862.24/587: Telegram

The Ambassador in France (Leahy) to the Secretary of State

245. There follows herewith a translation of a note signed by Admiral Darlan in reply to the message from the President of the United States to Marshal Pétain (Department’s 88, February 10, 7 p.m.) and delivered by me to the Marshal on February 12:

“Mr. Ambassador:

I have the honor to transmit herewith a message which Marshal Pétain would be grateful if you would convey to the President of the United States in answer to his message of February 11.

‘After having called attention to information relative to the use of French ships for the transport via Tunisia of supplies and “perhaps material of war” destined to enemy forces in Libya, you add that if France enters into agreements with such a purpose, she will have by this action alienated herself from the uninterrupted friendly relations with the United States and will have placed herself amongst those nations furnishing a direct aid to the Axis Powers. “Unless,” you conclude, “formal assurance can be given that no military aid whatsoever will be furnished to Germany, Italy or Japan or that French ships will not be used to facilitate the acts of aggression of these countries in any theatre of war whatsoever,” Admiral Leahy will be invited to return immediately to the United States in order to determine the lines of policy to be followed in regard to the “Vichy Government”.

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I can not refrain from expressing first the surprise which this communication caused me after the very complete information which Admiral Darlan and I had already given to Admiral Leahy on February 9th.

In the course of the interview that we had on that date we made it clear that there had been transported during the month of January by French ships, at the request of the Italian Government, only 1000 tons (1029 exactly) of food supplies and 50 trucks (56 exactly), this merchandise being of Italian origin and not having been taken in any way from French territory either metropolitan or North African. The assurance was furthermore formally given that no war material whatsoever (including munitions) nor any liquid fuel had been included in these shipment[s].

This detailed information appeared to the French Government sufficient to give all reassurances to the American Government, as the latter could not consider the shipment of such a small quantity of merchandise, the transit of which is, furthermore, perfectly legitimate according to international law, as constituting an appreciable aid to the German and Italian forces.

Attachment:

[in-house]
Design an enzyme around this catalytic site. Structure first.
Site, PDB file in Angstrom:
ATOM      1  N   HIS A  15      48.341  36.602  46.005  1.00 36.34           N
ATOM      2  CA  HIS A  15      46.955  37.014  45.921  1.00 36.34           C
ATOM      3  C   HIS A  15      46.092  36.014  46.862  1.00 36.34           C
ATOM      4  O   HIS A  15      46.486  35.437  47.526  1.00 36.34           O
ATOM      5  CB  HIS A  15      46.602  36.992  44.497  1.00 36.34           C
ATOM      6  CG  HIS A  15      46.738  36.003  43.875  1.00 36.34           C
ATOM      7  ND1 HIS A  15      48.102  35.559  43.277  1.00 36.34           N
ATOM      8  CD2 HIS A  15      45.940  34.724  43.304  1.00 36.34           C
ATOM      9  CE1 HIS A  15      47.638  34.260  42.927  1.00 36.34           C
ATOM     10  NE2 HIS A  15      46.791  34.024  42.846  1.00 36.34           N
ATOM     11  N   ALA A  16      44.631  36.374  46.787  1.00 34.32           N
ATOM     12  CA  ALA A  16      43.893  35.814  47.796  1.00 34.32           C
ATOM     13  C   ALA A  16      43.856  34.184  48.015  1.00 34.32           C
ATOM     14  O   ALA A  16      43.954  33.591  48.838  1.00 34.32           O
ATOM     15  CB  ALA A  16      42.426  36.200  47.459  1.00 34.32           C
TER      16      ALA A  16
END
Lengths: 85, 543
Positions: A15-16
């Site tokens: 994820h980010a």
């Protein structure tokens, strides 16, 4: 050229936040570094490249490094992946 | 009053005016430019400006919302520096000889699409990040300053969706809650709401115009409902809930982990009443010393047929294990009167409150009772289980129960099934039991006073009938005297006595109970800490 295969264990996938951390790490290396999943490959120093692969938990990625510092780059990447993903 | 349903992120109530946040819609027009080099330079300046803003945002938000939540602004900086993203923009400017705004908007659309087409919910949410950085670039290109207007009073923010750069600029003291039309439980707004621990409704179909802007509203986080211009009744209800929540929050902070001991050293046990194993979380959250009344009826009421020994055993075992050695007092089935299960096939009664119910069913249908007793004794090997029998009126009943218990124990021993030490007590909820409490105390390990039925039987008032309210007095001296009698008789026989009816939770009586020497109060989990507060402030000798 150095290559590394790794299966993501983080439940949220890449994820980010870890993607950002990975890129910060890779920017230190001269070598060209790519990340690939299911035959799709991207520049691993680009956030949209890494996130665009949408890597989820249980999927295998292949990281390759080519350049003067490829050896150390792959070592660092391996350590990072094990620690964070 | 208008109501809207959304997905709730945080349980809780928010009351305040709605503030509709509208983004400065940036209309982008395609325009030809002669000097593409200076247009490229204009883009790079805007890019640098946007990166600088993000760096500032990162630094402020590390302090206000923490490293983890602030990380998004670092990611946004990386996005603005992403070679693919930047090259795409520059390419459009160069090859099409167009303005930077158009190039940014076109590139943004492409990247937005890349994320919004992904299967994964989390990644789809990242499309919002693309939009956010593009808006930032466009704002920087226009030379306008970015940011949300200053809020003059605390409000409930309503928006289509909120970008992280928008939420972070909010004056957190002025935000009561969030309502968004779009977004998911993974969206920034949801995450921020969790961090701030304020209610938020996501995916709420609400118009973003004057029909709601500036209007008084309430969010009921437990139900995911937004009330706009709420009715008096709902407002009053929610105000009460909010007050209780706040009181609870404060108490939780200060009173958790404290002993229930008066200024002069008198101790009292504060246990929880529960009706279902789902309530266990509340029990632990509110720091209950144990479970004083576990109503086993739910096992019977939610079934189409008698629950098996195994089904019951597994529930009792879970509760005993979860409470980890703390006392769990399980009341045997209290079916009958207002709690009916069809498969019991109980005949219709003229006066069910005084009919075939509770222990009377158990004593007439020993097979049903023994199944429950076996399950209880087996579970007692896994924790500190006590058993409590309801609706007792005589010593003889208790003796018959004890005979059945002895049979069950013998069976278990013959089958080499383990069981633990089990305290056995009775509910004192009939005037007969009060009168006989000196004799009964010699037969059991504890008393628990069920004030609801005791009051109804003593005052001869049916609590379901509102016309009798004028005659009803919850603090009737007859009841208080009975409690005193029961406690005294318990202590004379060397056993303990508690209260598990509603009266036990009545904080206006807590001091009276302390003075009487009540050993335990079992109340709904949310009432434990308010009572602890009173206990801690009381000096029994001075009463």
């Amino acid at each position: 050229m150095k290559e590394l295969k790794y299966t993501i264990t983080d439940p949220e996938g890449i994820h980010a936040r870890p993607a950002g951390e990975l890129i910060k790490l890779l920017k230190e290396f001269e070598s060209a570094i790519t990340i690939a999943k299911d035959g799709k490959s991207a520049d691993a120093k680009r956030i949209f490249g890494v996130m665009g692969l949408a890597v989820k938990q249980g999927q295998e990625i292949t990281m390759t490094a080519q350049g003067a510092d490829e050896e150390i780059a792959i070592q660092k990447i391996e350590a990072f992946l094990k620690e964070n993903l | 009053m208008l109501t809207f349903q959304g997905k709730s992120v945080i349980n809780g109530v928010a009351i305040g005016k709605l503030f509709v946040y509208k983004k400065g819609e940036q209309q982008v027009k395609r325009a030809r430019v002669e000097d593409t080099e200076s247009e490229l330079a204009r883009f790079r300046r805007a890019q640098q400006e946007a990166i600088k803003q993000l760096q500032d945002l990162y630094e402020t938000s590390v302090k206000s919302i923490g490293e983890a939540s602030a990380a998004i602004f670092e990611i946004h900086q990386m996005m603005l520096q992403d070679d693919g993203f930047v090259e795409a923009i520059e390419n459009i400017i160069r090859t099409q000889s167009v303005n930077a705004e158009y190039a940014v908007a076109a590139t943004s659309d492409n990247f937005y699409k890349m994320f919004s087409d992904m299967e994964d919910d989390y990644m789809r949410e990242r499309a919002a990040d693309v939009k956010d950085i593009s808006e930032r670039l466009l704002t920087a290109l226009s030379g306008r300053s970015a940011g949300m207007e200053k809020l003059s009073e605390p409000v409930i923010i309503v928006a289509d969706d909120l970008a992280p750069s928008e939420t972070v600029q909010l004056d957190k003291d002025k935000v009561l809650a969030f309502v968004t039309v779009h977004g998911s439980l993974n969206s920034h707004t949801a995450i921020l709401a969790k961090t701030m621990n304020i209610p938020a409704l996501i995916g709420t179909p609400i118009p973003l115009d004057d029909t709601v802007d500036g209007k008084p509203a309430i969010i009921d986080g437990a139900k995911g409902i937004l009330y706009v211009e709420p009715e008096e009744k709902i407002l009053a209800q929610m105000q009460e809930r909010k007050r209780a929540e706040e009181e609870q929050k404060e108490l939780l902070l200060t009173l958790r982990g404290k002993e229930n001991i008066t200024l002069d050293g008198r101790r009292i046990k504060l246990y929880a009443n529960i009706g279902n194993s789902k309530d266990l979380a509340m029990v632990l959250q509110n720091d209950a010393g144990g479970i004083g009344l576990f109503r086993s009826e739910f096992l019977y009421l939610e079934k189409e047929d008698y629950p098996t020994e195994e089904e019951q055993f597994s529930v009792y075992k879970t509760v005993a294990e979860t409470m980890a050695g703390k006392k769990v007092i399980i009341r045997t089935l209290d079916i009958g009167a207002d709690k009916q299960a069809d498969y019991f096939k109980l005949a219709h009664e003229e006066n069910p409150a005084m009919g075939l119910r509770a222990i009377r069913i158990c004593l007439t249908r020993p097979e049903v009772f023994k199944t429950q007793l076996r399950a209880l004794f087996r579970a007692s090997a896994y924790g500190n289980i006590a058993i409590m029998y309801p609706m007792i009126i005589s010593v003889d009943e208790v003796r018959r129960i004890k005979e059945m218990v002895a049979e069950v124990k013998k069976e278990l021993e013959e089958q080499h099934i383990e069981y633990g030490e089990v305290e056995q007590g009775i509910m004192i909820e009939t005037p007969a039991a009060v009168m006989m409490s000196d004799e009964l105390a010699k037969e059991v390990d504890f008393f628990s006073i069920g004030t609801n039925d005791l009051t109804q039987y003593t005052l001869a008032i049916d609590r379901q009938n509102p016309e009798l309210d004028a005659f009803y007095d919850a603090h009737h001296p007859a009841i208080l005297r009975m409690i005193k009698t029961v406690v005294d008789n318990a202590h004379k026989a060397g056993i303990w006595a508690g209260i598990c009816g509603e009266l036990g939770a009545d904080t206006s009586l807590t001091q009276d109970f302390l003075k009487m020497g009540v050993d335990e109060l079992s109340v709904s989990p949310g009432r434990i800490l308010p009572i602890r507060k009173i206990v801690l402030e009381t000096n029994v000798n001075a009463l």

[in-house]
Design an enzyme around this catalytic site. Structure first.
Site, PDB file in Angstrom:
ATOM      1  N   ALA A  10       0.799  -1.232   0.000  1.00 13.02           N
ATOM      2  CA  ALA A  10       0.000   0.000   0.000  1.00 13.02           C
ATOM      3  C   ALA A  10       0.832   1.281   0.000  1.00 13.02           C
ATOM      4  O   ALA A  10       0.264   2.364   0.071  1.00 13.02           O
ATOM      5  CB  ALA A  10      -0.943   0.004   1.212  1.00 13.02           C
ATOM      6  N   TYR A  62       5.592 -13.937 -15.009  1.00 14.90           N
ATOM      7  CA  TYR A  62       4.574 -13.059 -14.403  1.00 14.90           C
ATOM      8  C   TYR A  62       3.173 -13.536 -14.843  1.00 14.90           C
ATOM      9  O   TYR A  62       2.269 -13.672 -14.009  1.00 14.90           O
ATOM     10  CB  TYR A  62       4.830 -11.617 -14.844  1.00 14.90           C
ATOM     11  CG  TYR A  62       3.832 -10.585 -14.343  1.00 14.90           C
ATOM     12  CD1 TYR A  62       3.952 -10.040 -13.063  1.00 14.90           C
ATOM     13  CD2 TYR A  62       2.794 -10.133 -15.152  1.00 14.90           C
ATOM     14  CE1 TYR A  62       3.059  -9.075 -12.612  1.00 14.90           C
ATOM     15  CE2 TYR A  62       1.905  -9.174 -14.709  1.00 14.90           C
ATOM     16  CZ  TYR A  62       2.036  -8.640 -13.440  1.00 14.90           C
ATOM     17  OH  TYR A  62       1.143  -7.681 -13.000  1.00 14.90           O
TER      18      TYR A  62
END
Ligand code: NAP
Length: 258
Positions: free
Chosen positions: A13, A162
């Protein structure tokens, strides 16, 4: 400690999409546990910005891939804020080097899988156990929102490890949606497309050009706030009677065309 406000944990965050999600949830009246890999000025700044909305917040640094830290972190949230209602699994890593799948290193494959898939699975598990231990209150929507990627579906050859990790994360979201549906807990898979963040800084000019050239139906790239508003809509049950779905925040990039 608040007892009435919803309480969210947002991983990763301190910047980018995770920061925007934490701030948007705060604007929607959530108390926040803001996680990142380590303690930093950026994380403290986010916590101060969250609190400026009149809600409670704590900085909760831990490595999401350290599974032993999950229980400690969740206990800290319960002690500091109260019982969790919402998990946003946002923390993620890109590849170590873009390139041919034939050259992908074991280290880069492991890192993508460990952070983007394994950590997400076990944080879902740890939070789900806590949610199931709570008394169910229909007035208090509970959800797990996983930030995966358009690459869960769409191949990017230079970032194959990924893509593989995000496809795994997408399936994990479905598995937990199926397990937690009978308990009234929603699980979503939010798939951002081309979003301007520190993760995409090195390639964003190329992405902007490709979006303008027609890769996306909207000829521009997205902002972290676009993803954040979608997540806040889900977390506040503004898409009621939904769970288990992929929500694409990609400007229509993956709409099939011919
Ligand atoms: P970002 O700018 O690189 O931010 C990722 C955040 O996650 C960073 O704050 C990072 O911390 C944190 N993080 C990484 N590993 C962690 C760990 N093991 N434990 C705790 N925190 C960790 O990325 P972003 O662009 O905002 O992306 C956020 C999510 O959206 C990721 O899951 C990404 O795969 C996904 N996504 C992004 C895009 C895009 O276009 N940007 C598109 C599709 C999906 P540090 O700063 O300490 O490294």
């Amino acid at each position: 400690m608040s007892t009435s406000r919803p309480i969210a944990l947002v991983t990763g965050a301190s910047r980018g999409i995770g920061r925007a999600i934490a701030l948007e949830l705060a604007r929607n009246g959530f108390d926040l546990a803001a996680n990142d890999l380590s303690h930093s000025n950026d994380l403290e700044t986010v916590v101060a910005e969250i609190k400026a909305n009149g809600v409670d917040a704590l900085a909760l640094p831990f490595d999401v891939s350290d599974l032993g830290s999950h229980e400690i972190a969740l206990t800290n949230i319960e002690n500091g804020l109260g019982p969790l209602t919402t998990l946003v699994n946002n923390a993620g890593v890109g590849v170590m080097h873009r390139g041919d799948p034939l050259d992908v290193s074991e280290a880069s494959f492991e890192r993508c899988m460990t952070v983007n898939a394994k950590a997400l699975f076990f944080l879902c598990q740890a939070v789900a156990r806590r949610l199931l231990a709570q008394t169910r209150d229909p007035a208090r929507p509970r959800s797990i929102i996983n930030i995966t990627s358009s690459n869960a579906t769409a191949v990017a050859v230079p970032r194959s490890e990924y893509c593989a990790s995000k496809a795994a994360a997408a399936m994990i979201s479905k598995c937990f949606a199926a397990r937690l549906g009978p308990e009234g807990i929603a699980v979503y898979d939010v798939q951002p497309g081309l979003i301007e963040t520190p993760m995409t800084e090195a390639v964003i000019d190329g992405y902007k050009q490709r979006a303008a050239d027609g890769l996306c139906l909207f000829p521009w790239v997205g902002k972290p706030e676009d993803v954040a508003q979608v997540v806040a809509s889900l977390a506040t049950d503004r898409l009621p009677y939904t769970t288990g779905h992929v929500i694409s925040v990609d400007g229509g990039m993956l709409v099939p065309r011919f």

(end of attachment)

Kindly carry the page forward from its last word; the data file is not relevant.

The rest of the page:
These assurances appeared also sufficient to put an end to the tenacious [tendentious] campaign which had been launched, especially in London, on the basis of definitely wrong information.

The French Government still hopes that the written confirmation of this information will enable the American Government to estimate more exactly the insignificance of such shipments from military point of view and will also serve to put an end to a campaign which can only have as its purpose an endeavor to place the responsibility for the reversal of the military situation in Libya on the shoulders of third persons.

The facts having thus been restored to their just proportions, I believe that I should call your attention to the following general considerations:

France, who was defeated because she was alone, had armistice terms imposed upon her, the severity of which is in correlation to the temporary nature applicable in general to stipulations of this kind. Events have prolonged and are prolonging this situation beyond any foreseeable period of time—obligations for France resulting there from are such that the primary duty of those in charge of the country’s destiny is to work unceasingly to alleviate them—no one has the right to hold it against them since the very life of the nation is at stake—it is this effort towards adaptation which leads the French Government to seek and to accept certain adjustments in order to obtain equivalents which are essential to the existence and future of the country.

Convinced that it meets with the will of the French people [for?] which it is the only legitimate spokesman, the French Government takes this course fully conscious of its responsibilities and taking into account factual elements which do not always depend upon its will and the consideration of which must override certain of its decisions.

In doing this, it does not violate its other agreements, agreements which in spite of the difficulties of the situation it has always respected and will continue to respect.

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It has maintained and will maintain, both on land and on sea, the position of neutrality in which, subject to the obligations of the Armistice Conventions, it has in fact been placed since June 1940.

The French Government would find its task facilitated if the Government of the United States would be good enough to display towards it a spirit of comprehension which would correspond with the feelings and interests of the two countries![’]


While I am personally convinced Marshal Pétain and French public opinion are anxious to maintain the present relations between the United States and the French Government, the absence is noted of any of the assurances requested in the President’s message to the Marshal.